Imaging mass spectrometry
The MSR uses imaging mass spectrometry using both MALDI-TOF and MALDI-FT-ICR instrument formats. Investigation of lipid and protein expressions related to traumatic brain injury (TBI) and chronic traumatic encephalopathy (CTE) are strong focuses in this project.
TBI is a leading cause of death and disability and usually caused by bump, blow or jolt to the head or penetrating head injury that disrupts the normal function of the brain. In 2010, 2.5 million TBIs were reported. The effects of TBI can include impaired thinking or memory, movement, sensation (vision, hearing), emotional function (depression, personality changes). Moreover, TBI introduces a significant risk for age-related neuro- degenerative diseases, e.g., Alzheimer (AD), frontotemporal dementia (FTD), amyotrophic lateral sclerosis (ALS), and chronic traumatic encephalopathy (CTE)
Read more about TBI and the TBI mouse model at Boston University School of Medicine.
CTE is often found in people with a history of repetitive TBI, including symptomatic concussions and subconcussive hits to the head. It is a progressive neurodegenerative disease and often associated with memory loss, confusion, impaired judgment, impulse control problems, aggression, depression, and suicide. CTE has been found in military veterans, boxers, football and hockey players.
MALDI-MS imaging has demonstrated great potential to provide label-free histological information by acquiring and displaying sequential mass spectra across tissues. We have built up strong collaborations with the Molecular Aging & Development Laboratory, Boston University Alzheimer’s Disease Center, Center for the Study of Traumatic Encephalopathy, VA Boston Healthcare System, and the SLI-BU CTE Brain Bank.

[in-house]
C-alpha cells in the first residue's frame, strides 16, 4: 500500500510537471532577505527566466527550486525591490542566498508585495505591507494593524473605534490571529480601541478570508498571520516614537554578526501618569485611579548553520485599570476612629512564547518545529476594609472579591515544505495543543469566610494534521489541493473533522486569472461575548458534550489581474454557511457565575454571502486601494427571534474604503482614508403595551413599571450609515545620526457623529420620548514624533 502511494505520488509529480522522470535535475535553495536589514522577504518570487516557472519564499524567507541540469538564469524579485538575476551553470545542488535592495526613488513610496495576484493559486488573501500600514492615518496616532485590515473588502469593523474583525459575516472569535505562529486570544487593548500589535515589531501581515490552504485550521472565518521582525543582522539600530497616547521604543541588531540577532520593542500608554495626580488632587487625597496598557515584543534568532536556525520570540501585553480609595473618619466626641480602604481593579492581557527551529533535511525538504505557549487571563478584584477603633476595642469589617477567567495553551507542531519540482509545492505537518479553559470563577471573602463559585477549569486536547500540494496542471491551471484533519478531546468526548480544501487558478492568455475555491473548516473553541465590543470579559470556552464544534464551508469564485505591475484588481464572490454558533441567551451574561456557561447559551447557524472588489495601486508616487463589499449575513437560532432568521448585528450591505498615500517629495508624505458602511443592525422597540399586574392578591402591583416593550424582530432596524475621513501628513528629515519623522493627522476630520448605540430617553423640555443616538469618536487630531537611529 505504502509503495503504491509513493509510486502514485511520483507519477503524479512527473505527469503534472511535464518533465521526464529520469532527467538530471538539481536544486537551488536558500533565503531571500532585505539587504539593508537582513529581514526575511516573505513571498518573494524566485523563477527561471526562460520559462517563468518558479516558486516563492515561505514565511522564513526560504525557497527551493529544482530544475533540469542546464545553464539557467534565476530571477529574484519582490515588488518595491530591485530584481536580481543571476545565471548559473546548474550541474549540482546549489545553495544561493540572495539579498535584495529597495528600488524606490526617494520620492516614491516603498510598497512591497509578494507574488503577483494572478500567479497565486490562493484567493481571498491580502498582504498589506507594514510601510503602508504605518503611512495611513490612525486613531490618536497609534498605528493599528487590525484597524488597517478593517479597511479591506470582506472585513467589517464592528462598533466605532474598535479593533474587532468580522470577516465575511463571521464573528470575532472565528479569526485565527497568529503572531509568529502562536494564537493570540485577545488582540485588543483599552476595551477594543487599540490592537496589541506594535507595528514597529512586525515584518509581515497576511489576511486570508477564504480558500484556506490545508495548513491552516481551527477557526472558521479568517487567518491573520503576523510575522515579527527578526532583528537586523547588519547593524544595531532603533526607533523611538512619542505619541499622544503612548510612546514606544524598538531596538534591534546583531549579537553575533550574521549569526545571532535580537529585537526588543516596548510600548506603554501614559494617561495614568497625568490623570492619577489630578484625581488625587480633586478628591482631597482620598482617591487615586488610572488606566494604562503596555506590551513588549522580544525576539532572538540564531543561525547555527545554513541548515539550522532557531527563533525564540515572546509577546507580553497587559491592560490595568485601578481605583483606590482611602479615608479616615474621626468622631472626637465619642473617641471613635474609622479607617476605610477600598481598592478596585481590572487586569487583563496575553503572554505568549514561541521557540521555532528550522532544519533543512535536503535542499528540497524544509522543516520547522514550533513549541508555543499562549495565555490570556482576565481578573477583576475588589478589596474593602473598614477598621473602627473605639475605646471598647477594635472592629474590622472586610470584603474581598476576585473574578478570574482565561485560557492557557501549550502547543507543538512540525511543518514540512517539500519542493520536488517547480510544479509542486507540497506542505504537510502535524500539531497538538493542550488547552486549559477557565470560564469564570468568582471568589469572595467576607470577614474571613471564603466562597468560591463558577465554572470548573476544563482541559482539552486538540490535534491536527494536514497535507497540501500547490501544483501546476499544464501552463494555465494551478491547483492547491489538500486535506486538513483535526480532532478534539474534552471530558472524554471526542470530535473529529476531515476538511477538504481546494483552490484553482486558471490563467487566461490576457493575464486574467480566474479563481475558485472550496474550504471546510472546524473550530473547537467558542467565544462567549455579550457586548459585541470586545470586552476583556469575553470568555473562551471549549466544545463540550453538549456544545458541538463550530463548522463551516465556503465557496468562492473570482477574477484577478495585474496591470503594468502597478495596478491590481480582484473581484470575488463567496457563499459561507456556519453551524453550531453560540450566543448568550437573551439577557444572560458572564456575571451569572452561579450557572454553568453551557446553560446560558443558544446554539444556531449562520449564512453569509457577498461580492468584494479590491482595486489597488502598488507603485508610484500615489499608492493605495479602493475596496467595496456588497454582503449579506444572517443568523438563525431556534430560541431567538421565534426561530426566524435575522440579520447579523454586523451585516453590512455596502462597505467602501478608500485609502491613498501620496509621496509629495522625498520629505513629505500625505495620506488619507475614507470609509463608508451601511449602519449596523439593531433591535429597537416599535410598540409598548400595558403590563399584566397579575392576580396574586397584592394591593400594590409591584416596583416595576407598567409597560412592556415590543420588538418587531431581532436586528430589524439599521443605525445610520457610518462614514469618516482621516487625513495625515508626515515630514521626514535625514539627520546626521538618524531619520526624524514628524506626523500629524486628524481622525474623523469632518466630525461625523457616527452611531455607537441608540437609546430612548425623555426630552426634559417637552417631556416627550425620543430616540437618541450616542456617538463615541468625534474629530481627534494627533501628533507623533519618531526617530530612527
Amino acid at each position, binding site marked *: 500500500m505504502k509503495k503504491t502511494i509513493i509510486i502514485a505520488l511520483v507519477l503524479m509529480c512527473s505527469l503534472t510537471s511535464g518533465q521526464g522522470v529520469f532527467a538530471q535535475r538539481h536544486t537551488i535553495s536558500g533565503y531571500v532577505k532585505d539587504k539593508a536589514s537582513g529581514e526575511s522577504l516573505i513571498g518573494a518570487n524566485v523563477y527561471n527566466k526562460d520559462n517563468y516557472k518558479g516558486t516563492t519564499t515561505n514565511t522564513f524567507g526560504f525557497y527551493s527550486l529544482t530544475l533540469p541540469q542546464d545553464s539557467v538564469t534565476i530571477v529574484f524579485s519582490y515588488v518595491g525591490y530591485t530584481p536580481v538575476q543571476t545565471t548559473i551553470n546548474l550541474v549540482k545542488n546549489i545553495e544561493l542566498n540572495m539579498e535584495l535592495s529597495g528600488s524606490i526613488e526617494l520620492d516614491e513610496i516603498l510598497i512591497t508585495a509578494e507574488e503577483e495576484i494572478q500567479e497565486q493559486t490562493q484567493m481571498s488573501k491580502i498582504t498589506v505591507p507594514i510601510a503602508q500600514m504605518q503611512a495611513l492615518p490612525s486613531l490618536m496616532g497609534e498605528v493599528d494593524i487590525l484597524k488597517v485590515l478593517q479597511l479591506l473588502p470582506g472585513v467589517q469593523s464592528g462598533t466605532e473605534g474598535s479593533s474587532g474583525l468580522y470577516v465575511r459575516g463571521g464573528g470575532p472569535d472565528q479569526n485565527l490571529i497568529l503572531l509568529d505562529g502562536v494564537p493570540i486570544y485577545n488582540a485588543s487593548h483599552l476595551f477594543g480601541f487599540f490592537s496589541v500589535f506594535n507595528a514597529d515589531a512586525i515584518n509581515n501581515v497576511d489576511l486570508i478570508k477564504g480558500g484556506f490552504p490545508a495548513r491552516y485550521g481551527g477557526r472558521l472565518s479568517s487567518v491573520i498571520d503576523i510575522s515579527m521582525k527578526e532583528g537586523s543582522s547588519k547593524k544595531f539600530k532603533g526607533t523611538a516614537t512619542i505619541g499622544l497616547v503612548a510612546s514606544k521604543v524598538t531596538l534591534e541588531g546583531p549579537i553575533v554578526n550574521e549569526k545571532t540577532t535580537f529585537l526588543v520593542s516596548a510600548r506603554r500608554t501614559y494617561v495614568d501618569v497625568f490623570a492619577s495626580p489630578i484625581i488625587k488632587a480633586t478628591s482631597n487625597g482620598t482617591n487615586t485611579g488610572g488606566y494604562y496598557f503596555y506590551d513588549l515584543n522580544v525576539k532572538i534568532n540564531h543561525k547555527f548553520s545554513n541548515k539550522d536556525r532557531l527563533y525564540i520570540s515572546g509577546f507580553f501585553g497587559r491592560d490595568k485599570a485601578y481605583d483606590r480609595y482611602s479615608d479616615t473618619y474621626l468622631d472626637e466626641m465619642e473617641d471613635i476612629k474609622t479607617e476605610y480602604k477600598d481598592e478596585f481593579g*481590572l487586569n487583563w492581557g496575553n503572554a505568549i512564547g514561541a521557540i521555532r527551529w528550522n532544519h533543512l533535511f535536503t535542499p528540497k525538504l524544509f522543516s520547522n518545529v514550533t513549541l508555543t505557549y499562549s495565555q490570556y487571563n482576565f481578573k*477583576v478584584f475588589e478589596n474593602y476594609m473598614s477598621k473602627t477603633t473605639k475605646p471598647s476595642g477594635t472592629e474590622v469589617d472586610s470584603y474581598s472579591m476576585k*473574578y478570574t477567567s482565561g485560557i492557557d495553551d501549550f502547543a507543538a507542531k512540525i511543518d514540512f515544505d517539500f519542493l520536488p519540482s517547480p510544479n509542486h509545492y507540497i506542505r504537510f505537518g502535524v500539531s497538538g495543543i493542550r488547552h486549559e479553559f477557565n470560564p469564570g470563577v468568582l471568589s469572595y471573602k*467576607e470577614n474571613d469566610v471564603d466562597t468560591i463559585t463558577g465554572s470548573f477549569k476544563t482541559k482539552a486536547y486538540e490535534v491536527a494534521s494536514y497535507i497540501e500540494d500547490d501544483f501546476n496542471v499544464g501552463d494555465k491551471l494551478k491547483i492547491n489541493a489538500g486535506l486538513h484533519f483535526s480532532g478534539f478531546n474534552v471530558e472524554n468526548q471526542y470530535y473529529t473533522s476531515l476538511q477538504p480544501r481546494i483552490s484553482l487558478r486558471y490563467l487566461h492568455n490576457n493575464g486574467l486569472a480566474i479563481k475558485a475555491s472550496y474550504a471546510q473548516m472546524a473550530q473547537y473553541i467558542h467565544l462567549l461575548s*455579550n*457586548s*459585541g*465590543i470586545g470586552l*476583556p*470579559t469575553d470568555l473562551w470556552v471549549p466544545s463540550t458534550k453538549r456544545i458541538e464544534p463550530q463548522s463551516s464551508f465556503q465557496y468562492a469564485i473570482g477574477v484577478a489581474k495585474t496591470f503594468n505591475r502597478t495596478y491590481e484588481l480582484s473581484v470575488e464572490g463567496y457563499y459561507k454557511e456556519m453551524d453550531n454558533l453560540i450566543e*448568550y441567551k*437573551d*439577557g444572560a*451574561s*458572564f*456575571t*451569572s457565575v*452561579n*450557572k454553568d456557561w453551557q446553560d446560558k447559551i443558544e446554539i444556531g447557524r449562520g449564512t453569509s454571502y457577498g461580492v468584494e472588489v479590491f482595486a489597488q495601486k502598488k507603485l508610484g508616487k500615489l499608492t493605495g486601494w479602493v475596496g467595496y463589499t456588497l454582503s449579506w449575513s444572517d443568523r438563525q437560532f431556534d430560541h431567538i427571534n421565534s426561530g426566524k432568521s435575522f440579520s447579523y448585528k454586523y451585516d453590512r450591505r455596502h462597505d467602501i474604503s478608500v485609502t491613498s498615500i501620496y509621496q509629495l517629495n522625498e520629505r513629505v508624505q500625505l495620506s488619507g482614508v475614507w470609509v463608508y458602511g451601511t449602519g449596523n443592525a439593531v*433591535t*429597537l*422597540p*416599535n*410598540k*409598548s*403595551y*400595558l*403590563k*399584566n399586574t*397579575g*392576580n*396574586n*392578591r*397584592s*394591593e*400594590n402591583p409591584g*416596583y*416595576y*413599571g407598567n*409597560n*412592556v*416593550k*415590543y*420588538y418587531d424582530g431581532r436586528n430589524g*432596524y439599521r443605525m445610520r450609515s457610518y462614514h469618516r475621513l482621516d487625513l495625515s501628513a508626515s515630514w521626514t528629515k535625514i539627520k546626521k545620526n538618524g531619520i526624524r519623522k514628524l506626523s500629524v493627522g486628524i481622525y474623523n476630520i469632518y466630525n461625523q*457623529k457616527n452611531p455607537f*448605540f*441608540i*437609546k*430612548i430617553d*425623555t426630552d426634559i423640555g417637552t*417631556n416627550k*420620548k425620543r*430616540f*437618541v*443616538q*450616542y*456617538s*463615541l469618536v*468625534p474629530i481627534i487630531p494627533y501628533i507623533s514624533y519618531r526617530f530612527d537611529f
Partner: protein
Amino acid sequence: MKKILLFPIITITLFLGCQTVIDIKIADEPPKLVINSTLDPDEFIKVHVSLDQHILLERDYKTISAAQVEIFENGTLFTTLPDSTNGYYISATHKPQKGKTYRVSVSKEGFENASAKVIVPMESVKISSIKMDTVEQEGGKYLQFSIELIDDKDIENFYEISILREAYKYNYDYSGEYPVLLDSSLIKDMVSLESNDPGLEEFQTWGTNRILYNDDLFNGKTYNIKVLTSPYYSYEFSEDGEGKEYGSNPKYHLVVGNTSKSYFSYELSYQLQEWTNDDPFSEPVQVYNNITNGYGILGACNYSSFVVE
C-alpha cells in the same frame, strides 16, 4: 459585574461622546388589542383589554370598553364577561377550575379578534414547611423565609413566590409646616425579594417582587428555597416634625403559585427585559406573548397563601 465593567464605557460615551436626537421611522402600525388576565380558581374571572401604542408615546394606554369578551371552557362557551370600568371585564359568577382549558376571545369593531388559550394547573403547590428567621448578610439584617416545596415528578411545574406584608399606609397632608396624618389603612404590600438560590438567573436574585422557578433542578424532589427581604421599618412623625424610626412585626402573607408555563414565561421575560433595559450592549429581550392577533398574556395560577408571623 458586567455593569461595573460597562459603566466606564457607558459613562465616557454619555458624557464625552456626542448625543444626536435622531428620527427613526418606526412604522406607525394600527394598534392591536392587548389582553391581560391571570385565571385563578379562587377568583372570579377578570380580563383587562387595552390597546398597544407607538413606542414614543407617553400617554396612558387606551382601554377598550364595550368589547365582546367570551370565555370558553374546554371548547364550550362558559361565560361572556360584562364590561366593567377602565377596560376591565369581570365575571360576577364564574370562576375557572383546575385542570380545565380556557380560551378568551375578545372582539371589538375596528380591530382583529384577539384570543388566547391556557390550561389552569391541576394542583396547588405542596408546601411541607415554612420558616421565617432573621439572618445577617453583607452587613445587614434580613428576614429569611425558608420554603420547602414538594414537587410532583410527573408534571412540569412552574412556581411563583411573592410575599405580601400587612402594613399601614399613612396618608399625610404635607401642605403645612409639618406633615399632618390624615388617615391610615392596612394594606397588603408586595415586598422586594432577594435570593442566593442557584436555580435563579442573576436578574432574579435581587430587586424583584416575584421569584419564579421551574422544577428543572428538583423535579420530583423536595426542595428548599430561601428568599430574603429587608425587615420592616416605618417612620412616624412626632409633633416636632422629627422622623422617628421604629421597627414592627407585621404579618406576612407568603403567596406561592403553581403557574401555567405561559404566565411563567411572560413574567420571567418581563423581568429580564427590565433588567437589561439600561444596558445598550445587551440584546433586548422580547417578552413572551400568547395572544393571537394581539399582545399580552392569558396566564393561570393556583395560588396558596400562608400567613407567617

We utilize MALDI-MS imaging to understand the disease progression and provide potential biomarker information to our collaborators. We use the Bruker SolariX 12-T FT-ICR MS and Bruker UltrafleXtreme MALDI-TOF/TOF MS to monitor microvascular disruption, myelinated axonopathy, and neuropathological sequelae in postmortem human brains from subjects with and without neuropathologically-confirmed CTE and in established mouse models of TBI produced by concussive impact injury.
Histology-guided mass spectrometry imaging experiments are conducted by using adjacent tissue sections for immunostaining and MALDI-MSI analysis. Various lipids and proteins are monitored using MALDI-MS imaging, carried out in both the positive- and negative-ion modes. The observed anatomical distribution provides valuable information for hemorrhagic vascular disruption in TBI and CTE tissues. The measured lipid and protein distributions and their profile changes may be associated with the biological consequences of TBI and CTE. Specific molecular distribution information provided by MALDI-MS imaging provides critical new insight into understanding the pathology of CTE and TBI.